The large-scale counterfeiting of pesticides costs the EU economy dearly every year, a fresh study has found. Lower sales volumes go hand in hand with a loss of thousands of jobs in the industry.
The smuggling of counterfeited pesticides into and their sale across the European Union costs the 28-nation bloc about 1.3 billion euros ($1.4 billion) annually, a fresh study by the EU Intellectual Property Office (EUIPO) has revealed.
The survey released Wednesday said the sale of illegally produced pesticides had caused the loss of 2,600 jobs in recent years, with European producers losing about 14 percent of their revenues due to counterfeiting. The study failed to point out where the bulk of the illegal pesticides was coming from.
Among the 28 EU member countries, Germany incurs the biggest loss of some 300 million euros every year, followed by France and Italy, the study says.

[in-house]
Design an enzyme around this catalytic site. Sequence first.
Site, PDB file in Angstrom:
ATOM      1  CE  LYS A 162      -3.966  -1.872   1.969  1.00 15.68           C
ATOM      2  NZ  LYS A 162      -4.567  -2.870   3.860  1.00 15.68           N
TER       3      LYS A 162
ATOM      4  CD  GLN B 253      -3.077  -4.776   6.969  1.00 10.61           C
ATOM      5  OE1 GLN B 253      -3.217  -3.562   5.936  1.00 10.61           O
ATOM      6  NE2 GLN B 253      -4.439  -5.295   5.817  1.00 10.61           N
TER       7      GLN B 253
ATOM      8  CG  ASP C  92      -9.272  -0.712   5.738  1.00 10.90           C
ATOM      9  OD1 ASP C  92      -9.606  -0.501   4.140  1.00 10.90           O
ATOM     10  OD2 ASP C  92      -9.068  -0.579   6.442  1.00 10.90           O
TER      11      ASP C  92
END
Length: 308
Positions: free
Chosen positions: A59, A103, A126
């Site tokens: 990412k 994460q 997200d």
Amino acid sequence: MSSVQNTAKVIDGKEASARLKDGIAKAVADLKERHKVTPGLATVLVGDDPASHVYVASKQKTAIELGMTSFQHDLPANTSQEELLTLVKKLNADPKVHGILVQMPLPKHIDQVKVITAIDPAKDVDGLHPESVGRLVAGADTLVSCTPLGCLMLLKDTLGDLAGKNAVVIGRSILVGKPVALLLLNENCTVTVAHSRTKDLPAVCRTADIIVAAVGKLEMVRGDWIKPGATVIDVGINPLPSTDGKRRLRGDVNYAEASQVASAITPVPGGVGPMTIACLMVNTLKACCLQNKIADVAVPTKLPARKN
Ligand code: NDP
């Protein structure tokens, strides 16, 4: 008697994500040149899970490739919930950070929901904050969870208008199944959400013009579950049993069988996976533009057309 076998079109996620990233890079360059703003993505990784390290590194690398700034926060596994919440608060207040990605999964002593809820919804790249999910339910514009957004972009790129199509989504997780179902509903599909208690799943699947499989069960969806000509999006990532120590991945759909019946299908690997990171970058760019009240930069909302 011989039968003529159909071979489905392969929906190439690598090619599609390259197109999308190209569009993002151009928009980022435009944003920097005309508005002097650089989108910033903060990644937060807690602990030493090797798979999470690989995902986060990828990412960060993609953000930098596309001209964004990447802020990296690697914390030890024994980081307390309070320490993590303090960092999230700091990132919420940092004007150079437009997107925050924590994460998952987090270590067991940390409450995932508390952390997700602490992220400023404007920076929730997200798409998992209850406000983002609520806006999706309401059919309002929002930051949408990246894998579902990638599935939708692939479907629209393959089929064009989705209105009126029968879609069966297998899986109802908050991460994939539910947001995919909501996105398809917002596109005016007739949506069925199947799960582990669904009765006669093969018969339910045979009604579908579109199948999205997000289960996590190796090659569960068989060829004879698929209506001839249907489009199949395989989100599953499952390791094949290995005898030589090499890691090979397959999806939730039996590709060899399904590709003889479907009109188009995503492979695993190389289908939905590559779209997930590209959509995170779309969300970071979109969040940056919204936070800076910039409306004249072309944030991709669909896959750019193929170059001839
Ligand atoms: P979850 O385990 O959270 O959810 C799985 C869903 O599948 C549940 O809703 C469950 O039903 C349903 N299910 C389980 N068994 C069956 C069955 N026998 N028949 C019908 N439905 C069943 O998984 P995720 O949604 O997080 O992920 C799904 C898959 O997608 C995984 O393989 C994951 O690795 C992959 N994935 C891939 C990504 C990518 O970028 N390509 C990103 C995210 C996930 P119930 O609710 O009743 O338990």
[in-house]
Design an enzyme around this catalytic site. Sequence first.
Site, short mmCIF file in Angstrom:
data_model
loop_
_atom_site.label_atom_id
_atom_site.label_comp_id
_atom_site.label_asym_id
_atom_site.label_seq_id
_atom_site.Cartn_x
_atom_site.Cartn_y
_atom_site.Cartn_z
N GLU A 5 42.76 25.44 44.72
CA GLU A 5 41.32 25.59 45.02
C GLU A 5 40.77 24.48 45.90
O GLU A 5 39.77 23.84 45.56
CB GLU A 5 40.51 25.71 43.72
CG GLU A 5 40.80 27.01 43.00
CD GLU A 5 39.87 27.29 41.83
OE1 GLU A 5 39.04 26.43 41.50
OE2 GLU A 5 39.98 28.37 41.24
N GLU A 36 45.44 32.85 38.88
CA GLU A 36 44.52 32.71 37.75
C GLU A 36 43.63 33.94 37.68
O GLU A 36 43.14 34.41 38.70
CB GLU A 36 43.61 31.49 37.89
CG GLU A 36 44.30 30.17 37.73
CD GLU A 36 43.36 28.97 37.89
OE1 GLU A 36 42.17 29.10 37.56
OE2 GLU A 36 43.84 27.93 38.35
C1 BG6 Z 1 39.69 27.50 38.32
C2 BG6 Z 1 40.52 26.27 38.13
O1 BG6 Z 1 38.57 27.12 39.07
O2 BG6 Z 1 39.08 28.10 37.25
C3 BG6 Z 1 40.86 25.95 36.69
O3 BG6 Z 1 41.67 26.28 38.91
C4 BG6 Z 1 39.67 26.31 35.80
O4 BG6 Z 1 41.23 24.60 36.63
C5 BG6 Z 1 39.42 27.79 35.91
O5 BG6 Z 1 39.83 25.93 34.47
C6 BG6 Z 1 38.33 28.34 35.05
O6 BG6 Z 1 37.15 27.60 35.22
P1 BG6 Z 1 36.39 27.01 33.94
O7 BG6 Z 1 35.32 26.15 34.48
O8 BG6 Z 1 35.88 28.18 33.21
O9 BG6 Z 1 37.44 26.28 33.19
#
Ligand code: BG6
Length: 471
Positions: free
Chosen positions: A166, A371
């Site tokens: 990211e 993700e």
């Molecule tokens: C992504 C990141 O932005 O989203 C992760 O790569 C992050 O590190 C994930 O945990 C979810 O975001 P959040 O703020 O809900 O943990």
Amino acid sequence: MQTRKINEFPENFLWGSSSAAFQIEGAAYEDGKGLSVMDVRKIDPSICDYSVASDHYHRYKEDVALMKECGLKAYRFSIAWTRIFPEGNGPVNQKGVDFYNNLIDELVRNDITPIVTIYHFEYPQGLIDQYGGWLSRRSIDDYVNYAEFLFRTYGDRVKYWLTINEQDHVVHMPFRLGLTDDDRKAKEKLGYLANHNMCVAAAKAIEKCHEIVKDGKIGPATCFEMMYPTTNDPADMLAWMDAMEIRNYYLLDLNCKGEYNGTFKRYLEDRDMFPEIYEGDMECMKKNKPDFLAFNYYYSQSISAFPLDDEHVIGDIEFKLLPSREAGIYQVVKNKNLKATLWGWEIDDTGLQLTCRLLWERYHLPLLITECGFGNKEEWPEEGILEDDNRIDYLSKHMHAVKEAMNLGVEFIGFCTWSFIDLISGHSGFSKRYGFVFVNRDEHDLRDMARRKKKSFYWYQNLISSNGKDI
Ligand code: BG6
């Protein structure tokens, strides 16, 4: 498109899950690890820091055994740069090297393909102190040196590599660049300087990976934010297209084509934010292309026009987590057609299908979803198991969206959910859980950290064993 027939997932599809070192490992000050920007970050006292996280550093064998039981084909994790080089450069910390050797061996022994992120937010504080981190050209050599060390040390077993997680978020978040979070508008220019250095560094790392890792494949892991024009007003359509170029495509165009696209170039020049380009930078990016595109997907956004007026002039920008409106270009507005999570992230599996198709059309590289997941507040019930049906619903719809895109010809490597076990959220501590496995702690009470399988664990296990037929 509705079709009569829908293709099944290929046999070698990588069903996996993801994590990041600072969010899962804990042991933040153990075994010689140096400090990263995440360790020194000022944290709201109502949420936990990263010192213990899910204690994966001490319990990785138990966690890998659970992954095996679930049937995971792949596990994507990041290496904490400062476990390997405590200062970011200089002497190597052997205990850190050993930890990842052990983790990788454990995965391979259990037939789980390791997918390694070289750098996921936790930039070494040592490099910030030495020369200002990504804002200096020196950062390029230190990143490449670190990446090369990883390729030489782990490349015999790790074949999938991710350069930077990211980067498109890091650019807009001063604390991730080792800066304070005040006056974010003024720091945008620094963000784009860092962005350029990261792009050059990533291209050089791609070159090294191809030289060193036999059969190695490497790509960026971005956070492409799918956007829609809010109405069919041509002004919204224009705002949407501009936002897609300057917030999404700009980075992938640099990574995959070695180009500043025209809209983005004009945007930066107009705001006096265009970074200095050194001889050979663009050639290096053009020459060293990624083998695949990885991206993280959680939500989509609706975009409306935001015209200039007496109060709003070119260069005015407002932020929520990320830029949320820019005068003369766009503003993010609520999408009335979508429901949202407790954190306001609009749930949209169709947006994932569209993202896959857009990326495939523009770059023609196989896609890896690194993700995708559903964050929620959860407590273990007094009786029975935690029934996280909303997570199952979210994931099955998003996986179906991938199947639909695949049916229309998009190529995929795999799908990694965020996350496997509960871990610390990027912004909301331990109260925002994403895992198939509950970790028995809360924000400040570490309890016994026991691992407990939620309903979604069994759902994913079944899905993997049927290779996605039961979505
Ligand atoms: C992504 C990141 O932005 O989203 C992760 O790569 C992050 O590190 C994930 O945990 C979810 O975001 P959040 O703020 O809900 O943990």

In 2014, EU production of pesticides amounted to 12 billion euros. Net exports to third countries were worth 3 billion euros, leaving 9 billion euros for consumption in the internal market, according to EUIPO.
In the same year, there were about 25,300 people employed in the pesticides manufacturing industry across the European Union.
The largest producer of pesticides in the bloc is Germany (4 billion euros), followed by France. The two nations are also the major exporters with a trade balance of 1.7 billion euros in the case of Germany and 1.7 billion euros in France.
hg/jd (dpa, AFP)